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Interventional treatment of renal angiomyolipoma: immediate results and clinical and radiological follow-up of 4.5 years.

Andersen PE, Thorlund MG, Wennevik GE, Pedersen RL, Lund L - Acta Radiol Open (2015)

Bottom Line: To investigate the technical and clinical effect of this treatment and to evaluate long-term clinical outcomes with clinical control and radiological imaging.The technical success was 7/8 (88%) and clinical success was 6/8 patients (75%).The reduction in tumor size after embolization is significant and long-lasting.

View Article: PubMed Central - PubMed

Affiliation: Odense University Hospital, Odense C, Denmark.

ABSTRACT

Background: Renal angiomyolipoma is rare, but many of these patients may have an acute debut with severe bleeding. These patients need urgent treatment with interventional embolization as an attractive option.

Purpose: To investigate the technical and clinical effect of this treatment and to evaluate long-term clinical outcomes with clinical control and radiological imaging.

Material and methods: Eight patients with angiomyolipoma were treated with embolization. Five patients were treated acutely. Five patients were followed-up for mean 4.5 years with clinical and radiological examinations.

Results: The renal angiomyolipoma decreased significantly from mean 7.2 cm to 2.9 cm after embolization (p = 0.04). Cortical infarctions of about one-third of the circumference of the embolized kidneys could be detected on follow-up examinations, but all patients had normal total kidney function. The bleeding was primarily stopped in all patients, however, in one patient bleeding from a lumbar artery was supplementary embolized within 24 h. In another case the interventional procedure ended up in embolization of the whole kidney as it was impossible to embolize all the feeding arteries selectively. One patient had a nephrectomy one month after embolization because of infection and re-bleeding and one patient after 2.5 years because of tumor size >4 cm. The technical success was 7/8 (88%) and clinical success was 6/8 patients (75%).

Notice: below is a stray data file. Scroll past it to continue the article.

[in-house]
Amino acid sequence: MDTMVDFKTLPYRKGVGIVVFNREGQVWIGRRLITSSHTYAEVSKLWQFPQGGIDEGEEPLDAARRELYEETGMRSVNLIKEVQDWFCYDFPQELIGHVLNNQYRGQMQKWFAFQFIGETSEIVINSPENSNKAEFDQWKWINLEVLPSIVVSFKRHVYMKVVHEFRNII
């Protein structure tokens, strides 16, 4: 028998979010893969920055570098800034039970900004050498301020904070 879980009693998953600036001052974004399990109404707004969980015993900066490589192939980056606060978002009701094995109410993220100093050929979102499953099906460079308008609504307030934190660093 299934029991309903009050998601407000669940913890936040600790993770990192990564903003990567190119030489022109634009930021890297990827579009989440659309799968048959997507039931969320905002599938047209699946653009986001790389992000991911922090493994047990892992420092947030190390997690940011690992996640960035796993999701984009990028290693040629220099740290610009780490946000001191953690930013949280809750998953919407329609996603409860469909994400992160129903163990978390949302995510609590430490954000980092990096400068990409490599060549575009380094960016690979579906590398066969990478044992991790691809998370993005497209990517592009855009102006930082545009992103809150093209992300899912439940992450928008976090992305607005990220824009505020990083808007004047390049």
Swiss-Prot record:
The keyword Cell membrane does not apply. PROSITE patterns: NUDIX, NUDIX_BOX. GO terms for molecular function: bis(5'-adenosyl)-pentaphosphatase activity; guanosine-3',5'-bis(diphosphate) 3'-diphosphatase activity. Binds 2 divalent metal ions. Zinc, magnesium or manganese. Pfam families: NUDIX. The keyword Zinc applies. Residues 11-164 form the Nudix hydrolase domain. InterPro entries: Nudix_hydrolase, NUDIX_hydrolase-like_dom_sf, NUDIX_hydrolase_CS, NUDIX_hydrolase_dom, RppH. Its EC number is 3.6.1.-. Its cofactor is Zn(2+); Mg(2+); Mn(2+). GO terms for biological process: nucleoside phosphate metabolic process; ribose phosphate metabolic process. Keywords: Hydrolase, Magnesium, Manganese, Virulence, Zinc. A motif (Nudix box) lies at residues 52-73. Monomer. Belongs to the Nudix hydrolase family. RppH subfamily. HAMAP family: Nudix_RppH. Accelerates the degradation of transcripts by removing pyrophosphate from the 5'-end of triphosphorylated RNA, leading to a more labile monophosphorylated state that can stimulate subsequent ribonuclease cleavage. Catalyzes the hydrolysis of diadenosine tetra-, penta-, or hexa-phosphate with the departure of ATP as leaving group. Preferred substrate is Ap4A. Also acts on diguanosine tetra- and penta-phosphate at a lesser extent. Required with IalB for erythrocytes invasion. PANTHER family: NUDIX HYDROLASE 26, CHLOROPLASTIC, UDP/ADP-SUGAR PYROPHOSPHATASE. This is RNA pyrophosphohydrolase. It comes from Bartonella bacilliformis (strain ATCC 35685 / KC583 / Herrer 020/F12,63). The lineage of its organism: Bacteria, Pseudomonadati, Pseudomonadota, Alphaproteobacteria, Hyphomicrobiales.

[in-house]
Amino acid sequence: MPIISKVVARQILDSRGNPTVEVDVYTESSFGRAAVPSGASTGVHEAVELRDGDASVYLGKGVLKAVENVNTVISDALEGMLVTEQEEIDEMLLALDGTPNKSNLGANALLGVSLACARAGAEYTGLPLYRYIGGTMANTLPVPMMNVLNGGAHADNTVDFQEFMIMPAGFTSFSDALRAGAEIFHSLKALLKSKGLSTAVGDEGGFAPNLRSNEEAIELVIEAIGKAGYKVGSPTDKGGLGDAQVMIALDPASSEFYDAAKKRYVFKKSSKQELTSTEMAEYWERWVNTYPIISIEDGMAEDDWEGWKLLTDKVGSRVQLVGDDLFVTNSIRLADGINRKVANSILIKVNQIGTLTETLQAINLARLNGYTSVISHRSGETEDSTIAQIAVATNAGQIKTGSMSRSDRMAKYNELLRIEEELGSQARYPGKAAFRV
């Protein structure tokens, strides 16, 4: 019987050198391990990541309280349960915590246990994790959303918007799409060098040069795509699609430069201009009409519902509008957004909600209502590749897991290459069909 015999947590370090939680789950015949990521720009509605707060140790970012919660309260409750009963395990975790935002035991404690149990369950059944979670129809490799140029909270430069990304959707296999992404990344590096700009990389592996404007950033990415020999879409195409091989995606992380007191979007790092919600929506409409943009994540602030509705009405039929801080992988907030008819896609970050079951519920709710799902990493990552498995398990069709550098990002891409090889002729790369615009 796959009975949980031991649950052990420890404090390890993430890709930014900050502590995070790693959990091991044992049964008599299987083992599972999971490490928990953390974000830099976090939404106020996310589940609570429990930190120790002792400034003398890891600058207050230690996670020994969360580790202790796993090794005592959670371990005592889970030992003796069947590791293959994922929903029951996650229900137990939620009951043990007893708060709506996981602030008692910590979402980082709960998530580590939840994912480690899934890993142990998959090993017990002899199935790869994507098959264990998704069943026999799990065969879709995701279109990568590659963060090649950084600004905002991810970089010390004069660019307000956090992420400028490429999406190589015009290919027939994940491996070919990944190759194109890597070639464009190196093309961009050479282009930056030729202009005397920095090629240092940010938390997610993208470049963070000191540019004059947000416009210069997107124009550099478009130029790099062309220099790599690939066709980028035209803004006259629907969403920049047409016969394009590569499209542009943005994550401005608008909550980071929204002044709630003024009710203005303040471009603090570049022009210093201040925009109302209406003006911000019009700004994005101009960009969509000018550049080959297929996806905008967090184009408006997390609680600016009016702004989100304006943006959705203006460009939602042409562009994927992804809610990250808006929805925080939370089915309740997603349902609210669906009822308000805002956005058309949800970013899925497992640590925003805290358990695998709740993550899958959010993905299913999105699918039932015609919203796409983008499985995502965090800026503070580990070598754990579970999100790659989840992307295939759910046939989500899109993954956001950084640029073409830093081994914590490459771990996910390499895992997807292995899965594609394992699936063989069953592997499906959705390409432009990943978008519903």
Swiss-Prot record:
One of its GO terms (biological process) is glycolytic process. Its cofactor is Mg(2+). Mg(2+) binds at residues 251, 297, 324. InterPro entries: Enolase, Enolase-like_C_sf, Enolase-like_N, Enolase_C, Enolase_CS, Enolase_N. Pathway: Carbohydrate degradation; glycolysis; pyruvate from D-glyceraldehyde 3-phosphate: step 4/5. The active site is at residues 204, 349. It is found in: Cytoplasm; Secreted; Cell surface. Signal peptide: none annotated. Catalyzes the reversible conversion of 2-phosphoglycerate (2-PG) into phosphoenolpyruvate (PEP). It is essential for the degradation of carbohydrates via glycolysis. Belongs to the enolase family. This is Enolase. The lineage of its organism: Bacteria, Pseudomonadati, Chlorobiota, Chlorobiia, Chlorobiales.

Conclusion: Selective embolization of renal angiomyolipoma is a minimally invasive and safe procedure with few complications. It is a nephron sparing alternative to renal resection. The reduction in tumor size after embolization is significant and long-lasting.

No MeSH data available.


Related in: MedlinePlus

A 54-year-old woman (Patient 5) with spontaneous bleeding from a 4 cm angiomyolipoma laterally in right kidney. Hemodynamically stable (a,b). Angiography 5 days later. No ongoing bleeding. Angiomyolipoma vessels (c,d). Selective distal embolization of two segmental renal arteries with use of microcoils with following flow-stop to the angiomyolipoma (c,d). MRI at 2.5-year follow-up demonstrating a 1.5 cm residual angiomyolipoma and a small cortical infarction with reduced cortex of the right kidney laterally (g,h,i,j). The kidney function estimated by renography showed a left/right distribution of 63/37%. Total kidney function was normal (eGFR).